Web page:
Hours of Operation
Monday - Thursday 9AM - 5PM
~~ New ~~
Saturday 10AM - 2PM during 3rd Weekend in Montrose
* Reservations are highly recommended for any group wishing to take a tour through the museum.
August 11 1899/1999
Heart Lake - The excursion on the DL&W railroad from Elmira, Binghamton and intermediate stations along the route to Heart Lake on Sunday, was patronized by over 300 people, who spent the day drinking in the natural and acquired beauties and attractions of that popular resort. It is said that two excursions are to be run by the DL&W to Heart Lake next Sunday, one from Scranton and another from Elmira. It is probable that under the new administration of the DL&W, excursions will be very frequent, and it is feared by some that the privacy so much desired by cottagers will be rudely shattered by these weekly incursions of motley crowds of pleasure seekers.
South Gibson - Several from here went huckleberrying over on the Forest City mountain. AND - A lady from Harford was bitten on the lip by a kissing bug here, recently. She with several others was on her way to Elk Mountain for a picnic.
Franklin Forks - The floor in the new Hall at the rear of the Alliance Store was completed Tuesday in time so that the young people enjoyed the playing of many games.
Hallstead - Rev. H.A. Williams, pastor of the Hallstead M.E. church, preached a sermon Sunday evening on the killing of Byron Cook, Aug. 1. It was just such a sermon as is needed in many communities where rowdyism is winked at. The sermon could not fail to open the eyes of the people to their personal responsibility in promoting order and good government. (About 20 witnesses were examined by the Coroner's jury, all evidence showing that the shooting of Cook was accidental, the unfortunate man being himself more responsible for the fatal result than was anyone else, and released Nate and Daniel Crandall from custody.)
Jackson - The lamb-Hall reunion was held yesterday. The Lamb's and Hall's are about the nicest people in the State.
Susquehanna - Tim Hurley left on Tuesday night for New York where he is to fight Harry Fisher, of Brooklyn, before the Broadway Athletic club, August 18.
Rush - The Auburn and Rush baseball clubs met in a friendly but spirited contest on Saturday afternoon on Haire's flat, the game resulting 18 to 5 in favor of the Rush club.
Montrose - Twenty-seven hundred glasses of chocolate, to say nothing of the countless glasses of other flavors, have been served thus far this season from Morris' soda fountain, to appease this unparalleled appetite of the public for Morris' chocolate syrup. AND - The electric lights installed at the Presbyterian church last week were given their first public trial at the union service held in that edifice on Sunday evening and they gave perfect satisfaction.
East Lenox - Miss Grace Evans and her two sisters, of Carbondale, are rusticating at E. Snyder's.
Kingsley - Mr. U. Sloat was obliged to draw his mill pond off to repair leaks in the dam and the people of Kingsley and vicinity have been having some fine fish for several days.
Hopbottom - Geo. W. Strupler has returned home from the Klondike with lots of relics and filthy lucre. AND - The Foster House is now lighted by Acetylene gas. E.M. Tiffany's store will be furnished from the Hotel plant.
Auburn Centre - There will be a game of base ball played at this place Saturday, Aug. 12th by the Regular Nine and the Volunteers. A hot time is expected and all are invited.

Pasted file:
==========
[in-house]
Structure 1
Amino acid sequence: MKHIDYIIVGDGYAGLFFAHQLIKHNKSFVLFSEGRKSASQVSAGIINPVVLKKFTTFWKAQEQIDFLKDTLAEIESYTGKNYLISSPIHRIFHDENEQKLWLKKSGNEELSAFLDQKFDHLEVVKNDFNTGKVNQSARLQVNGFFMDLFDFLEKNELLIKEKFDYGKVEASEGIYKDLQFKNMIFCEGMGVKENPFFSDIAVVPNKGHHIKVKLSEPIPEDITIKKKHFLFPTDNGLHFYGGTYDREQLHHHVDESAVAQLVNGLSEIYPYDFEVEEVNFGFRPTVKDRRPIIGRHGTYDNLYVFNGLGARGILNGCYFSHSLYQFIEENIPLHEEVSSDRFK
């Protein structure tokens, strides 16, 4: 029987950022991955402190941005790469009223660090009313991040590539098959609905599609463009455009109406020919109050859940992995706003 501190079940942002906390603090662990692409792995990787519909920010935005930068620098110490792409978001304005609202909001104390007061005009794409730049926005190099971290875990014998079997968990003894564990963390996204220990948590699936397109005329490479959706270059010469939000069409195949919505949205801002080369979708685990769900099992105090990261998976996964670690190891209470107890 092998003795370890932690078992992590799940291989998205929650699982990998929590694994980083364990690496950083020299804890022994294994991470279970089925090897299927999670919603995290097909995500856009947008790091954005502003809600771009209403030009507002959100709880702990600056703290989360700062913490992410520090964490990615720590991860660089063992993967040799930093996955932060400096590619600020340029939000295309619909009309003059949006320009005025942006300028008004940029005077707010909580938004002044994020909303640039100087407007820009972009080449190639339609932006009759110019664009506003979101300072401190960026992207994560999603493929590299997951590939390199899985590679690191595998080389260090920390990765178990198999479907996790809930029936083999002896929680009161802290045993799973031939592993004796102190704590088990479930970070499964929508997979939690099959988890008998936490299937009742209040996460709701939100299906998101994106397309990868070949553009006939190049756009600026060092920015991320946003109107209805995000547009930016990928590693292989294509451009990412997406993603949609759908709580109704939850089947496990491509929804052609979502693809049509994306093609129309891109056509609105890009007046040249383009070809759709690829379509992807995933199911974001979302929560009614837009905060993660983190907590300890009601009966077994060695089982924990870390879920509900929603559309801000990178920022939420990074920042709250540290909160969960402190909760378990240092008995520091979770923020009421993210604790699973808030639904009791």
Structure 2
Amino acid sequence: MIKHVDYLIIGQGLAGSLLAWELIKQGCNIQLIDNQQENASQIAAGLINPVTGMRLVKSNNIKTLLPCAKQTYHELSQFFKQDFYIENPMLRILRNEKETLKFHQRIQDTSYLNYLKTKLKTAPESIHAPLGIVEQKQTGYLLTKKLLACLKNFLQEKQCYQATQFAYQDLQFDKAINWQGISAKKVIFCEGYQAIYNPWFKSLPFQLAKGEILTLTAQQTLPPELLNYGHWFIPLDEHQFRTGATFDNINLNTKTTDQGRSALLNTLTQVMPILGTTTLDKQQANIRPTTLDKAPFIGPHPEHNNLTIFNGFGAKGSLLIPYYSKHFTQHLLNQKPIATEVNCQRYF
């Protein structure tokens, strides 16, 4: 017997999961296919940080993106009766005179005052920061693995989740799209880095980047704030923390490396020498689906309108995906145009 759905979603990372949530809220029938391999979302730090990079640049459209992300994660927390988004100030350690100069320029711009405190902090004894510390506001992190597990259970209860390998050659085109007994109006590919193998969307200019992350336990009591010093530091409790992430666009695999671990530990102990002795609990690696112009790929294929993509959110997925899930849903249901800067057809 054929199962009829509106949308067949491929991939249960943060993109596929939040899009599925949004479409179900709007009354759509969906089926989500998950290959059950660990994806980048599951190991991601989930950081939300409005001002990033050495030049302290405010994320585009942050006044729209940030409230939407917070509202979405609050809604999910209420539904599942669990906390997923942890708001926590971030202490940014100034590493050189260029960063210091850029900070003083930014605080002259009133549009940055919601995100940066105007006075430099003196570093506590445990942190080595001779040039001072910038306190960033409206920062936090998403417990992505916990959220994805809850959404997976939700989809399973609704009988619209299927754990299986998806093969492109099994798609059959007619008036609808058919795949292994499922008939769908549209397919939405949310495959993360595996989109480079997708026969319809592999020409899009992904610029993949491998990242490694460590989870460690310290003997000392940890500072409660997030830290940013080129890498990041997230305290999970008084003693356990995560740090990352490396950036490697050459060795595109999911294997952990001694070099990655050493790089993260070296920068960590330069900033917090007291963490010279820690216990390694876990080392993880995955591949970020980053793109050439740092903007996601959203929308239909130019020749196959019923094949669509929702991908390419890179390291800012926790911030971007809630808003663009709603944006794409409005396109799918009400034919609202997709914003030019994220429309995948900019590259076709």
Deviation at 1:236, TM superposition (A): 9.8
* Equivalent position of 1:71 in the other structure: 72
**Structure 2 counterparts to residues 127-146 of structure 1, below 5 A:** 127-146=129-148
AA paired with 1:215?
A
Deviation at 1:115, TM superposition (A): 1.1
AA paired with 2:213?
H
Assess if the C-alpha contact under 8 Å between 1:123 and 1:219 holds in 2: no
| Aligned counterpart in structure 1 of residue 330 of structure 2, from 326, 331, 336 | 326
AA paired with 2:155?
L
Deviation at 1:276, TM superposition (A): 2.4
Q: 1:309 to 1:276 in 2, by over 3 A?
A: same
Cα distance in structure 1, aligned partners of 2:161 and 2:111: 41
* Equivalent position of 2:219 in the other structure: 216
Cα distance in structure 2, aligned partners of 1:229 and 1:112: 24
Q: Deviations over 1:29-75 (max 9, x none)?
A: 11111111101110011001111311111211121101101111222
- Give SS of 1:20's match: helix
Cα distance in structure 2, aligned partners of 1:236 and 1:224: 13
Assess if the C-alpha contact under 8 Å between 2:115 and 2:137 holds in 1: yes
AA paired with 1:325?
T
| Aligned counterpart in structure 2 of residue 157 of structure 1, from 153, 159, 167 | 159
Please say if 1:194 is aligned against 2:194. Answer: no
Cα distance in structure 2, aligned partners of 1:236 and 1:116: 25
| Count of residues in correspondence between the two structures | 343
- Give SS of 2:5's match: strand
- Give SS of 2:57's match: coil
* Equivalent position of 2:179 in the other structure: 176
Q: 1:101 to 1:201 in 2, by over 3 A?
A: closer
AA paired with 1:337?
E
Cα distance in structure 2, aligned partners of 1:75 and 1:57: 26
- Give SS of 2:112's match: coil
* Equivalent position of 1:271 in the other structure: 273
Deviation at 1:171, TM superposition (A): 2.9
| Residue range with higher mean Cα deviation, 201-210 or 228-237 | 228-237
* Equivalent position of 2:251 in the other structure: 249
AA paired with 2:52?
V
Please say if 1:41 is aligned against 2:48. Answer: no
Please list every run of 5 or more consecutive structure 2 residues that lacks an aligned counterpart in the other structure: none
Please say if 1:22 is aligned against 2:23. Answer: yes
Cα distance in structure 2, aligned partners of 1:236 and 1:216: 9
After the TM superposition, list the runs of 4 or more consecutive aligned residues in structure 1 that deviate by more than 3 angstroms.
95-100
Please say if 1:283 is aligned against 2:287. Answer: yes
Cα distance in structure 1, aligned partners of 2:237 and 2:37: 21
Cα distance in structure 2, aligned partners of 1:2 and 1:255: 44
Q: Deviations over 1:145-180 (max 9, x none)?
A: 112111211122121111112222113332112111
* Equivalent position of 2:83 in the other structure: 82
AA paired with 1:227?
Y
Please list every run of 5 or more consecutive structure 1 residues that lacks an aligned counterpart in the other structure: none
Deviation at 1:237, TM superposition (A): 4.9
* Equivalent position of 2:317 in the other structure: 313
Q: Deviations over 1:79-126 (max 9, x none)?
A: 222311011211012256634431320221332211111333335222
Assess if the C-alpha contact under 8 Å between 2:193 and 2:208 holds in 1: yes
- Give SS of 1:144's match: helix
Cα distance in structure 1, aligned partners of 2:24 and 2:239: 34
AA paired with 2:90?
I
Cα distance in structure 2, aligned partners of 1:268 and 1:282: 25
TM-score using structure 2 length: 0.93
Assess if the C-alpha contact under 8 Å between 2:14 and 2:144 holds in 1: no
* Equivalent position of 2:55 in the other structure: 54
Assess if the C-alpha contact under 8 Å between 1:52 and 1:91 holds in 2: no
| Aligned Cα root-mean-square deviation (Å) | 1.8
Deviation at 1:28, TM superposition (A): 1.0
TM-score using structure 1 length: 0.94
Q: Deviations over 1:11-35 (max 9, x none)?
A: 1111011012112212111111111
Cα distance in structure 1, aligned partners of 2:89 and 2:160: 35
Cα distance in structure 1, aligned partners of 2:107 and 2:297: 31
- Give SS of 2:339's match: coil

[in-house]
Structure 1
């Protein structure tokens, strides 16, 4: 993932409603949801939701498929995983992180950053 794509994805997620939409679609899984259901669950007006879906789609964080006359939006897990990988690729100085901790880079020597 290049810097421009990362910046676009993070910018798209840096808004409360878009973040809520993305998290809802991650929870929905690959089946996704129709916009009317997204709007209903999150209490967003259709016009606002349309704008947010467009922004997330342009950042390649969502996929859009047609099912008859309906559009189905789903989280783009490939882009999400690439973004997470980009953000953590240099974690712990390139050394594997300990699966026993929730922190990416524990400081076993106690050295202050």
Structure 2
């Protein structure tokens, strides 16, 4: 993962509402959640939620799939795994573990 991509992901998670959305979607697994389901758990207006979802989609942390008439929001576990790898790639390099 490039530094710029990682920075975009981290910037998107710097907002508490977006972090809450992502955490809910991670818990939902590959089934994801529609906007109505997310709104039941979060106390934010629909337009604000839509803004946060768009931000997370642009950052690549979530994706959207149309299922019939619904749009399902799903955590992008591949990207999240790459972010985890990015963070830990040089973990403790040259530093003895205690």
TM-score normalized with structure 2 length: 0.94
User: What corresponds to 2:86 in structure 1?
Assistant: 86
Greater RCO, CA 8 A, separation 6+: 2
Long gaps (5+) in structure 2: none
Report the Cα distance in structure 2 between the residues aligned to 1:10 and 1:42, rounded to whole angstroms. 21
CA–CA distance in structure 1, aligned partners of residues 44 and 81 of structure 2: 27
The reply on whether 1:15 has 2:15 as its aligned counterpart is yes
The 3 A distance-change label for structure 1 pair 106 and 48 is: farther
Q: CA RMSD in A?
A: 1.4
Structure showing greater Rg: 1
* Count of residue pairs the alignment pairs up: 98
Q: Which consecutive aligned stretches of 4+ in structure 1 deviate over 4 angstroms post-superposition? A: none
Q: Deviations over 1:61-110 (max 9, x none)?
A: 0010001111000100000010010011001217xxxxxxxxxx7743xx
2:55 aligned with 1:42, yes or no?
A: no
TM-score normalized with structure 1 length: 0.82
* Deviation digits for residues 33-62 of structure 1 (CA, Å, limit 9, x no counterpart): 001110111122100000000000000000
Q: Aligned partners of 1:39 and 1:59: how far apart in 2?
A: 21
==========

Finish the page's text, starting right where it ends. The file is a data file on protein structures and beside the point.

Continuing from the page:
Lawsville - Perry Wandell has bought a new Champion reaper and binder and is ready to do work for any who may want.
Brooklyn - Charles Tiffany is laying pipes for supplying good spring water to such as may desire it.
Brandt - One of those terrible deeds which occasionally occur to shock and sadden humanity, was the killing at Brandt, near Susquehanna, by Charles Yeager, of his three little, motherless children, he afterwards attempting suicide. And the reason given is most pitiable. Shortly after commencing work at the factory in Brandt, Yeager met with an accident by which he lost all the fingers of his left hand. Being thus crippled, he could command only small wages. It is reported that this pittance was recently reduced, making it so difficult to provide for his family that his mind became deranged, and while in that condition he took the lives of his children. A search of Yeager's house showed that a small piece of meat and a few crackers were all that it contained in the way of eatables. At last report Yeager is still alive.
Lanesboro - For several weeks Mr. Geo. B. Giles, of Carbondale, has been engaged in putting in a water plant at Lanesboro; a land, it is said that is the home of rattlesnakes. A day or so ago, some of the men in his employ chanced to meet one of these reptiles and knowing that George delights in reptiles of the docile and tractible order, they decided to capture it. So they got an old barrel and several long, crotched sticks and drove the snake into it. As it lay coiled up, shaking its rattle, the men had no idea as to its length, but they soon found out how long it was. No sooner had it been driven into the barrel, which had been turned on one end and an attempt was being made to place a board over the top, when the snake made a leap for its captors, its head coming above the top of the barrel several inches. After several attempts the board was fastened and the barrel was presented to Mr. Giles & a splendid little speech was delivered by one of his men. Highly appreciating the gift, Mr. Giles brought it to his home. The snake is over 4 ft. long and has 12 rattles. In color it is yellow, a kind very unusual in this section. Mr. Giles presented the reptile to Ernest Downton, who is studying medicine in Philadelphia and his snakeship was shipped to the Quaker City to be used in some experiments to be made in poisons by various members of the college faculty.
Compiled By: Betty Smith